Charan: I remember this one time, particularly. I was going to my car to go to an audition, and as I’m walking there, I started laughing. I’m like “Whoa, I’m so happy right now. I don’t care what happens in this audition. I don’t even need this audition. I’ll go to it, but I’m happy right now.” It’s a beautiful place to get to, and I think that people that try to control their lives too much or try to say “This has to happen and now this has to happen. Now, this has to happen.” Then, when the wrecking ball of life comes through, because it does, it decimates them.
Kirby: It absolutely does and, by going in with that attitude, so many other actors, whether you booked it or not, it doesn’t matter, but you left an impression on the casting director, the director, the producers, of a guy that’s not desperate. You’re not defining yourself with this role, and I believe that’s how I booked so many commercials, because I would go in just happy and I would see all the other guys on the bench-
Charan: Freaking out.
Kirby: … so nervous and “I need this or I’m dead, what am I going to do?” I looked at it as “What a great opportunity,” and I’d want to talk to the guy next to me, then go in and just … you don’t put the casting director up on a pedestal. You treat them like a human being. They see that and they enjoy that. It puts them at ease. I’m sure when you went into that audition, just “You know what? I’m happy,” you left an impression on them. Whether you booked it or not, they came away thinking, A, “I would love to work with Charan” or B, “I want to have that spirit that he has in my life,” so they go and they figure out “How can I get rid of this dark coal of bitterness and just be happy?”
Charan: I think we do a world a beautiful service by just being happy ourselves, because when we are and we go and interact with people, it’s almost like we’re giving them permission to be happy, we’re giving them permission to be joyful and to come alive themselves. I think that’s why people hire us.
Kirby: Right, [crosstalk 00:31:06] The thing is, bad things happen.
Kirby: You have to address the sadness and feel it. This book that my wife summarized for me, by Desmond Tutu and the Dalai Lama, I love this. This is what we’ve been trying to do, just haven’t been able to put words to it, but you see sadness as a cloud and then it’s going to just … You see it, you feel it, you observe it, then it’s going to pass by. Then just let it pass on. Don’t let that be-
Charan: All that you are.
Kirby: … The same thing with happiness, which is different than joy, I think. You can still be joyful and be sad, and feel for somebody, feel empathy, or something bad happens to you. I think it’s healthy to feel the sadness, but don’t dwell on it. Just let it go. All it is, is an emotion. Tiredness, the anxiety … all of that. The happiness … it’s all just fleeting emotions that you have to just put it all in your globe of joy and you will be happier.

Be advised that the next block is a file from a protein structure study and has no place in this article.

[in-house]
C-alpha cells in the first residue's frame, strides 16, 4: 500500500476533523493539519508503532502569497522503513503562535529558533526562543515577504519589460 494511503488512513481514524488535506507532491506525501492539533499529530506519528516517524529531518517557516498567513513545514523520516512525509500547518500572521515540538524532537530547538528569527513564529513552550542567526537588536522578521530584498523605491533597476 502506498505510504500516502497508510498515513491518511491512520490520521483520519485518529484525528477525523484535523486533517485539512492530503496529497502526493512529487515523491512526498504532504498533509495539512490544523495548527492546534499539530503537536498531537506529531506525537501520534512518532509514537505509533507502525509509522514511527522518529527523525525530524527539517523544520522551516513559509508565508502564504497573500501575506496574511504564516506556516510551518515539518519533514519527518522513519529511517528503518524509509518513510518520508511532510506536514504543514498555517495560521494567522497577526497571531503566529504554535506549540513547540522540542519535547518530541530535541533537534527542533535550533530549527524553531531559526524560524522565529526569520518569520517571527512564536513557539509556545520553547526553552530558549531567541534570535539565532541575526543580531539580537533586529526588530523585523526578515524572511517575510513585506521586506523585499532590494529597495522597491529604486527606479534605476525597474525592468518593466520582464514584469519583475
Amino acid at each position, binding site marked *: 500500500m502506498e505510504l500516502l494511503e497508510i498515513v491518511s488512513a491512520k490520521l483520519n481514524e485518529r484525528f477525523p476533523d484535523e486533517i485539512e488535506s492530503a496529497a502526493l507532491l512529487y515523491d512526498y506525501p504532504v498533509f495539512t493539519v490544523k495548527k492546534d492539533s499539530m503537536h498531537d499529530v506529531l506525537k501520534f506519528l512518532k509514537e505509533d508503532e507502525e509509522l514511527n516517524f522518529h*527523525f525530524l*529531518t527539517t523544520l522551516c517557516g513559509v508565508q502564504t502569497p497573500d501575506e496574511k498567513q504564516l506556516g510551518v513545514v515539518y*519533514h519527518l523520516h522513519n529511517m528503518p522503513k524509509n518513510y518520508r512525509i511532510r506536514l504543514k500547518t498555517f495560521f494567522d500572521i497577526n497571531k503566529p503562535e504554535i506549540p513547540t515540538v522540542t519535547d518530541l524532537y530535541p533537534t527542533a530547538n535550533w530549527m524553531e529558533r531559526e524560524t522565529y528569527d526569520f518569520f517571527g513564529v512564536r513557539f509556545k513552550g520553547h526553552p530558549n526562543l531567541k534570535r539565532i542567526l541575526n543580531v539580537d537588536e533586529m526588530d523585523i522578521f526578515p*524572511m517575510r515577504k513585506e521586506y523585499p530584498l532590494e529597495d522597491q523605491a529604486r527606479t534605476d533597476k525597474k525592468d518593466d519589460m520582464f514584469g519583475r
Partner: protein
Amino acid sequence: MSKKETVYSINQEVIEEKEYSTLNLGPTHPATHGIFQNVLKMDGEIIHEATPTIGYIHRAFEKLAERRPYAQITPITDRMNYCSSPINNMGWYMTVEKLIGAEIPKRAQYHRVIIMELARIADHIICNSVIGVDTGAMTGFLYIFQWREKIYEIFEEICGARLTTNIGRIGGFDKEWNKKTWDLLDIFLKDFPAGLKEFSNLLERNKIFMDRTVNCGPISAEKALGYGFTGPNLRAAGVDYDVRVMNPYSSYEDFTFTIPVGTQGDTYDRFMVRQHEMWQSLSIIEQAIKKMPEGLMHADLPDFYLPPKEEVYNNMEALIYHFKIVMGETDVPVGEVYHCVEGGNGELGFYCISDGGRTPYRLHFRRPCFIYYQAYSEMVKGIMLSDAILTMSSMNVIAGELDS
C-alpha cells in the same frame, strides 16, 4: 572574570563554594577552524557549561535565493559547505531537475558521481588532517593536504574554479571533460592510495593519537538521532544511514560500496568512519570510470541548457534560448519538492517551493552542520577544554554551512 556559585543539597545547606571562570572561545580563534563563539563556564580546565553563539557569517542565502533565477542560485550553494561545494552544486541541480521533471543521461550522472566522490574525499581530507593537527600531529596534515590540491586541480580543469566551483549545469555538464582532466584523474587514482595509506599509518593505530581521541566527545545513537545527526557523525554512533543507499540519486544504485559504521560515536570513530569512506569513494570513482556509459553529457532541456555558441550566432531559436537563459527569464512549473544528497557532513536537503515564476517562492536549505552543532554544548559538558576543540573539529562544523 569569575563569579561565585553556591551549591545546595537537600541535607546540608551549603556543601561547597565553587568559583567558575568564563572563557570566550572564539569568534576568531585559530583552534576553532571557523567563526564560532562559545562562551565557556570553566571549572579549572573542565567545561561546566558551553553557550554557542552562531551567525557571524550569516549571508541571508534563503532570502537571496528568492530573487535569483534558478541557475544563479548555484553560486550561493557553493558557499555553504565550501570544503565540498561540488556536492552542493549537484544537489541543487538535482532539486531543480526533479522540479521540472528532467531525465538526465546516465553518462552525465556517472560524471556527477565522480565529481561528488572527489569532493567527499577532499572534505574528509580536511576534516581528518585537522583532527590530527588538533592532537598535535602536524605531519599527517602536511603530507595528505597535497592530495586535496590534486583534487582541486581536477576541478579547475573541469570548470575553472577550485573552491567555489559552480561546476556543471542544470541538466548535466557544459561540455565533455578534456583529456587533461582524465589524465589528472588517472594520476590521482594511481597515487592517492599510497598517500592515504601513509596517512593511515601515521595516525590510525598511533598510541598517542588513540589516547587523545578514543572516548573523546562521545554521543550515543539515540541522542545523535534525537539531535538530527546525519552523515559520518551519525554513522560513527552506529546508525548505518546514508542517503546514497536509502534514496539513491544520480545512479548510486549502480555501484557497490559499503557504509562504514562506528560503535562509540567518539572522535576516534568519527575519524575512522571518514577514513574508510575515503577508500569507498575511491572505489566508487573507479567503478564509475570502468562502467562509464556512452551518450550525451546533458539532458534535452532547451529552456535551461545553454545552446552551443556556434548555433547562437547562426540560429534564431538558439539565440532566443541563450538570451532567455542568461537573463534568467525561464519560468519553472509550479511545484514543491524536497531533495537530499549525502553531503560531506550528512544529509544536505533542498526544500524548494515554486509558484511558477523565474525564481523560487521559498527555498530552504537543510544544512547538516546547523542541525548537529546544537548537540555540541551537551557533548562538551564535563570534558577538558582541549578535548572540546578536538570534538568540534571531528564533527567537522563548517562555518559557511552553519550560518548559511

Kirby Heyborne Talks About Finding Hope in Trying Times
Charan: COVID-19 was terrible. It shut the world down. Not just physically, but I think emotionally, it shut a lot of people down. A lot of people fell into despair. I know for sure a lot of youth felt very isolated and alone and, whereas they could’ve gone to school, they didn’t have that opportunity. How have your kids been able to manage it and how have you been able to inspire them and give them hope during that time?
Kirby: When school shut down for us and our kids needed to be home, we made sure we tried to find the joy. We played games every day, we went outside every day, and we didn’t let them wallow in whatever sadness they were feeling. Let them experience it, acknowledged it, felt the sadness of not being able to see your friends and then instead of saying “Hey, stop feeling those feelings,” we would give them an alternative, something that they could be happy with. “Let’s play a game.”
Kirby: We had so many rowdy, fun, loud games together that they’re going to remember for the rest of their lives, and then the family walks, where we would see other families completely on the opposite side of the street, but still it was just so exciting to see other people out with their families. We just gave them opportunities to experience joy in our small, little nuclear family. I think that helped them. It’s interesting to see now that they are able to go out and do more, they still enjoy coming back, playing games and going on family walks-
Charan: I love that.
Kirby: … whereas before, it really was a chore. “Guys, let’s get up. We’re going to go for a walk. Come on.”
Charan: It can do that.
Kirby: Now, they’re suggesting “Oh, hey, should we go for a walk,” because we’re just sitting there. What are we going to do? “Let’s go for a walk!” You find the joy in the simplicity of walking.
Charan: I was just going to say that. It’s simple. It’s a very simple solution. I think that’s the beautiful thing: finding joy can actually be a very simple thing to do, and it can be a very relaxed, easy thing to do that’s totally free, that doesn’t cost a lot of money or anything like that. One of the things that I find that brings me joy is just exploring nature. I love it. It’s so fun.